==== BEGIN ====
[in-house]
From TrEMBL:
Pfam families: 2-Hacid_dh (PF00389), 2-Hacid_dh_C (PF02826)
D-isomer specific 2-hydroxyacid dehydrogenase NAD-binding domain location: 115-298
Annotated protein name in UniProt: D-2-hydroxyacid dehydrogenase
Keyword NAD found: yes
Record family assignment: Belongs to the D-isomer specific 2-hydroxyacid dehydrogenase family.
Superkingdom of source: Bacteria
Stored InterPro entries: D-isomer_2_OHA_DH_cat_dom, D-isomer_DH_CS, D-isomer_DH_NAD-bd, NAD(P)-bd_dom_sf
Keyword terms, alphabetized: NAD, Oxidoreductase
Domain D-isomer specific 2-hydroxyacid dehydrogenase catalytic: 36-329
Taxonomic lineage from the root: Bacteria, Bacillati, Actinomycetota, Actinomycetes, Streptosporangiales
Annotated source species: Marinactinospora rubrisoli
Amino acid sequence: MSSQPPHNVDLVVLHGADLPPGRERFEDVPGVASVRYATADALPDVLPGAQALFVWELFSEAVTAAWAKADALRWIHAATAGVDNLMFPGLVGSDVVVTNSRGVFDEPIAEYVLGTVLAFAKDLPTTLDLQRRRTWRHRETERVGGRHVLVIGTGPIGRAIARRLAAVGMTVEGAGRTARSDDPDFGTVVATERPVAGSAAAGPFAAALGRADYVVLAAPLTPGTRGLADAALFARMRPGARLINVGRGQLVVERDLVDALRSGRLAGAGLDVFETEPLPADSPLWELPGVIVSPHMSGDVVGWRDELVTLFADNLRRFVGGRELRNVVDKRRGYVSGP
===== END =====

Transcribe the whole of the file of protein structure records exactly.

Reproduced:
[in-house]
From TrEMBL:
Pfam families: 2-Hacid_dh (PF00389), 2-Hacid_dh_C (PF02826)
D-isomer specific 2-hydroxyacid dehydrogenase NAD-binding domain location: 115-298
Annotated protein name in UniProt: D-2-hydroxyacid dehydrogenase
Keyword NAD found: yes
Record family assignment: Belongs to the D-isomer specific 2-hydroxyacid dehydrogenase family.
Superkingdom of source: Bacteria
Stored InterPro entries: D-isomer_2_OHA_DH_cat_dom, D-isomer_DH_CS, D-isomer_DH_NAD-bd, NAD(P)-bd_dom_sf
Keyword terms, alphabetized: NAD, Oxidoreductase
Domain D-isomer specific 2-hydroxyacid dehydrogenase catalytic: 36-329
Taxonomic lineage from the root: Bacteria, Bacillati, Actinomycetota, Actinomycetes, Streptosporangiales
Annotated source species: Marinactinospora rubrisoli
Amino acid sequence: MSSQPPHNVDLVVLHGADLPPGRERFEDVPGVASVRYATADALPDVLPGAQALFVWELFSEAVTAAWAKADALRWIHAATAGVDNLMFPGLVGSDVVVTNSRGVFDEPIAEYVLGTVLAFAKDLPTTLDLQRRRTWRHRETERVGGRHVLVIGTGPIGRAIARRLAAVGMTVEGAGRTARSDDPDFGTVVATERPVAGSAAAGPFAAALGRADYVVLAAPLTPGTRGLADAALFARMRPGARLINVGRGQLVVERDLVDALRSGRLAGAGLDVFETEPLPADSPLWELPGVIVSPHMSGDVVGWRDELVTLFADNLRRFVGGRELRNVVDKRRGYVSGP